Metallica Trademark Application Draws Opposition: Which Metal Heads Won?

trademark attorney battle for MetallicaWhat do a small Canadian metal manufacturing shop and the band Metallica have in common?  They share the same name.  The metal shop chose the name Metallica Manufacturing in the late 1990s, well after the heavy metal band had established itself worldwide.  But the metal shop owners didn’t imagine choosing the same name as the band would cause any confusion or perceived endorsement of the metal shop by the band.  They just thought it had a nice ring to it. So they file a trademark application for the mark Metallica. It turns out, however, that the band’s trademark attorneys didn’t take lightly to use of the band’s name, even if the band’s metalwork was musical and not mechanical.

Metallica the metal shop came on the radar of the band’s trademark attorneys when the shop attempted to register an internet domain name with the term Metallica in it.  The band’s trademark attorneys pressed the metal shop to change their name and drop the use of Metallica altogether.  The metal shop wasn’t deterred, however, and filed a trademark application with the Canadian Intellectual Property Office in 2008, seeking to obtain trademark registration for the following services: custom metal fabrications, welding and machining.  The band’s trademark attorneys filed an Opposition to the trademark application, stating that the metal shop’s name would be confused with the band’s trademark.  More than three years after the initial Opposition, the Canadian Intellectual Property Office concluded that there was no likelihood of confusion and that the metal shop would be free to pursue their use of the name.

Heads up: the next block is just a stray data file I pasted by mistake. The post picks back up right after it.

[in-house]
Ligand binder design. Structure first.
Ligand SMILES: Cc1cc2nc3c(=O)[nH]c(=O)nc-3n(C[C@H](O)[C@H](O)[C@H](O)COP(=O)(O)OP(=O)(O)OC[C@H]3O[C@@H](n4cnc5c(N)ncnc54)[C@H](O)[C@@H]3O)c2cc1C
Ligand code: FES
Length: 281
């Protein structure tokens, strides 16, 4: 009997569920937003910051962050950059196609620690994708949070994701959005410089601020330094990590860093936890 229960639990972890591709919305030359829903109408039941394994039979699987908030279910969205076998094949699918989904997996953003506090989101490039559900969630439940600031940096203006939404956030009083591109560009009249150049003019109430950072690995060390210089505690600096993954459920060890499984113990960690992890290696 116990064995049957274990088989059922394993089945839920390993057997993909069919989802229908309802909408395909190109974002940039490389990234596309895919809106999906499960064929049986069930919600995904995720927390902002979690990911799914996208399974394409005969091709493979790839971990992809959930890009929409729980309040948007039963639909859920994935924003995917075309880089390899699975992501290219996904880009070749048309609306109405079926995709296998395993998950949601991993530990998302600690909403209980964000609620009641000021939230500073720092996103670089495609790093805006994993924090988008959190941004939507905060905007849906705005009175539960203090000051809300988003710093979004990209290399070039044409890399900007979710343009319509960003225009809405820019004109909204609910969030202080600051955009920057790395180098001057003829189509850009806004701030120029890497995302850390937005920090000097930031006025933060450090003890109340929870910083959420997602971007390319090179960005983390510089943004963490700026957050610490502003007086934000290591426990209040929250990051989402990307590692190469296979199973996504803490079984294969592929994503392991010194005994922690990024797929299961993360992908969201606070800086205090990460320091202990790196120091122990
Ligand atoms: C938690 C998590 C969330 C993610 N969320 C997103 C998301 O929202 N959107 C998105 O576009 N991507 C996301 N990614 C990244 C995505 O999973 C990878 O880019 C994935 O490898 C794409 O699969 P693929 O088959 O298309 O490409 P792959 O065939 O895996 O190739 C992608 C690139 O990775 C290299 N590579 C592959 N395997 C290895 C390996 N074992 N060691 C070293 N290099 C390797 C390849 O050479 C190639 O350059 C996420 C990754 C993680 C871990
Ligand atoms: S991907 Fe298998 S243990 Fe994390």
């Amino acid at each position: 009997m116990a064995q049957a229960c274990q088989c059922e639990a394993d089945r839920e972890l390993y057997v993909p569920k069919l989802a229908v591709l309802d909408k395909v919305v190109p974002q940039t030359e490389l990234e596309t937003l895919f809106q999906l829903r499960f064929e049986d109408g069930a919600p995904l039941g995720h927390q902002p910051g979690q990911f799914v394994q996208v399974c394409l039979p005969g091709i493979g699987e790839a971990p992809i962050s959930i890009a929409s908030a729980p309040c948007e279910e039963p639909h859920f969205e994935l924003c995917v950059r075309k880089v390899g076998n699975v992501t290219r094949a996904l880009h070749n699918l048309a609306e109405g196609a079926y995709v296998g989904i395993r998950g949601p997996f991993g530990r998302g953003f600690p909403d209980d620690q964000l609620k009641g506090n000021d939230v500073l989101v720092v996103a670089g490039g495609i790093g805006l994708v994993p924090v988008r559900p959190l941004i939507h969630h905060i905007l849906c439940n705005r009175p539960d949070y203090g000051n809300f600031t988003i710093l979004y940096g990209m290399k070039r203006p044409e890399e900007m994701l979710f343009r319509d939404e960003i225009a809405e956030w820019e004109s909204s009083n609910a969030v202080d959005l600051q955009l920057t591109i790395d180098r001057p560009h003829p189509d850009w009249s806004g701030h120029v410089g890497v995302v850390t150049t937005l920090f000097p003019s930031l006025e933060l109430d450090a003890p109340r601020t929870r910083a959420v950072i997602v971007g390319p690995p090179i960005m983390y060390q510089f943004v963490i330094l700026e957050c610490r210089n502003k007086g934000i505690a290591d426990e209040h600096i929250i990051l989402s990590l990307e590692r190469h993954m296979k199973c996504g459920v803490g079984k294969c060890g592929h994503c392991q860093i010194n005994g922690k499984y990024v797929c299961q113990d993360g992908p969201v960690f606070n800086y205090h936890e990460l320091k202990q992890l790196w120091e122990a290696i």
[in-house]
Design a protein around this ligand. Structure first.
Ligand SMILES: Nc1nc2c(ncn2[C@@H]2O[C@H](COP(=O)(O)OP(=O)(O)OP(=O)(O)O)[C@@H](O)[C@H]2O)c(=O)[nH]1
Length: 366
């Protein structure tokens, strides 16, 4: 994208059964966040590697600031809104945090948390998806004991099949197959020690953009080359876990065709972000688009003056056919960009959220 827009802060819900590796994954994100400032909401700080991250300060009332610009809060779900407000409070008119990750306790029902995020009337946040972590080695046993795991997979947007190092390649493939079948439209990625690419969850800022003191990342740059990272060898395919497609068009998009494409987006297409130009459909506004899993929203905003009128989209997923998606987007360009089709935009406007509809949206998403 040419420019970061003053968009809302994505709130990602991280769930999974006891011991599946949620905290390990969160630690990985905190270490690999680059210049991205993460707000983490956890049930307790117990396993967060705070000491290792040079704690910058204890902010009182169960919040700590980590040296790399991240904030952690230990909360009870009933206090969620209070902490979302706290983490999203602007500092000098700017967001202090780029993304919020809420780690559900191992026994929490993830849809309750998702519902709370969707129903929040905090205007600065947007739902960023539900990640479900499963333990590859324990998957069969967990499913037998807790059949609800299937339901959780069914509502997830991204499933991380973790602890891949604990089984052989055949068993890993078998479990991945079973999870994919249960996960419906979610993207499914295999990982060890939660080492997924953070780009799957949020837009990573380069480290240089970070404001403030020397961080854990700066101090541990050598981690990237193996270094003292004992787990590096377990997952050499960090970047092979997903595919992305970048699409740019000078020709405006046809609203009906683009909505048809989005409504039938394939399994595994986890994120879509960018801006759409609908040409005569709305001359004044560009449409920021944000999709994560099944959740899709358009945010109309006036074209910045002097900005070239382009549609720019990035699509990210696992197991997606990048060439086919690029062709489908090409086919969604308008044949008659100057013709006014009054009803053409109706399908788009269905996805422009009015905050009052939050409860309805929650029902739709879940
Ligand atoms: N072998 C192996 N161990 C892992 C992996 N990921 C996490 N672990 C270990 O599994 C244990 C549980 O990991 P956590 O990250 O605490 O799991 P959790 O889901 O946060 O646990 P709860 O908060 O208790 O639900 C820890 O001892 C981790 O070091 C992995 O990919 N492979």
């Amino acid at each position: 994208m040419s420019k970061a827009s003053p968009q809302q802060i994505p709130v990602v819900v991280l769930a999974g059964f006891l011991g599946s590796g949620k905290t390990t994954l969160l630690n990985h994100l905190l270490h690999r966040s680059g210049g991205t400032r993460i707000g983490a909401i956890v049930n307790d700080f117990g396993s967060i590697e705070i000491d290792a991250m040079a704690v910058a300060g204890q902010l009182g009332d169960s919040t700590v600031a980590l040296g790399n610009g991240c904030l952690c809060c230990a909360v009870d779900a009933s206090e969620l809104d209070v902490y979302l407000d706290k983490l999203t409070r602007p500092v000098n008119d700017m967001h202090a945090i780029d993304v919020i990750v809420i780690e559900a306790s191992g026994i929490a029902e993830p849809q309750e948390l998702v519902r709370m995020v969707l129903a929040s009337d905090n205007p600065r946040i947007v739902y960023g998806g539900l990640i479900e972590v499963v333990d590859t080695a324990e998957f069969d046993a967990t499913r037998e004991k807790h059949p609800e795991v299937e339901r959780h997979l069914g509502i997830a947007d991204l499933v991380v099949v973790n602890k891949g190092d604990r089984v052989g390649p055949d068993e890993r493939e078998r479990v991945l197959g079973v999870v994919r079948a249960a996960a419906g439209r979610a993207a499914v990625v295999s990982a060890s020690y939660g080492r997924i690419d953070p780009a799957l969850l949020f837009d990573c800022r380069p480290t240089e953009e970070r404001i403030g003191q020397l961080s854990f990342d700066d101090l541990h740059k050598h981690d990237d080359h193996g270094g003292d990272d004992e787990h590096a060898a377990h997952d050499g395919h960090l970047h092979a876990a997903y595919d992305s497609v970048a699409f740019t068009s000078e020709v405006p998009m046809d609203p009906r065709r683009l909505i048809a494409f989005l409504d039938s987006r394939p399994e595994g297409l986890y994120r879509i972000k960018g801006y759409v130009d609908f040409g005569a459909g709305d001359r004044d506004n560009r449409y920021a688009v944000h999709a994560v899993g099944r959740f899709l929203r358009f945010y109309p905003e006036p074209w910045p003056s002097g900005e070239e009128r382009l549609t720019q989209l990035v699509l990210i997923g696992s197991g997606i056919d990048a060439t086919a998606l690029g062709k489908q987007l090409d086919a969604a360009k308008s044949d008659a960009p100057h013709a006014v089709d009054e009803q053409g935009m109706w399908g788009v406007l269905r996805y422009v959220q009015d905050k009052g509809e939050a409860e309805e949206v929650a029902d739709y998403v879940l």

Did the Office make the correct decision?  Are consumers likely to be confused as to whether the band has any connection with the metal shop?  Although the term Metallica is strongly associated with the band, it seems unlikely that consumers would make the intellectual jump that the band is somehow actually involved in metal manufacturing.  Producing metal goods in a shop is just not similar enough to making metal music on the stage to cause confusion – rock music on the one hand and fabricated metal on the other.   So, the Canadian Intellectual Property Office allowed the metal shop’s trademark application for registration.

While Metallica the band’s trademark attorneys may not be too concerned about a small, metal manufacturer in Canada, it’s doubtless that they would prefer to keep open space around the band’s Metallica brand and prevent any brand dilution.  Of course, their main goal should be to preserve and strengthen the Metallica brand and prevent others from not only using anything confusingly similar but also anything that could dilute the Metallica brand.

Protecting against brand dilution is just one of many services that a good trademark attorney can provide.  Whether you are a small business like the metal shop or a group of global rock stars, trademark strategy can be critical to your business success.

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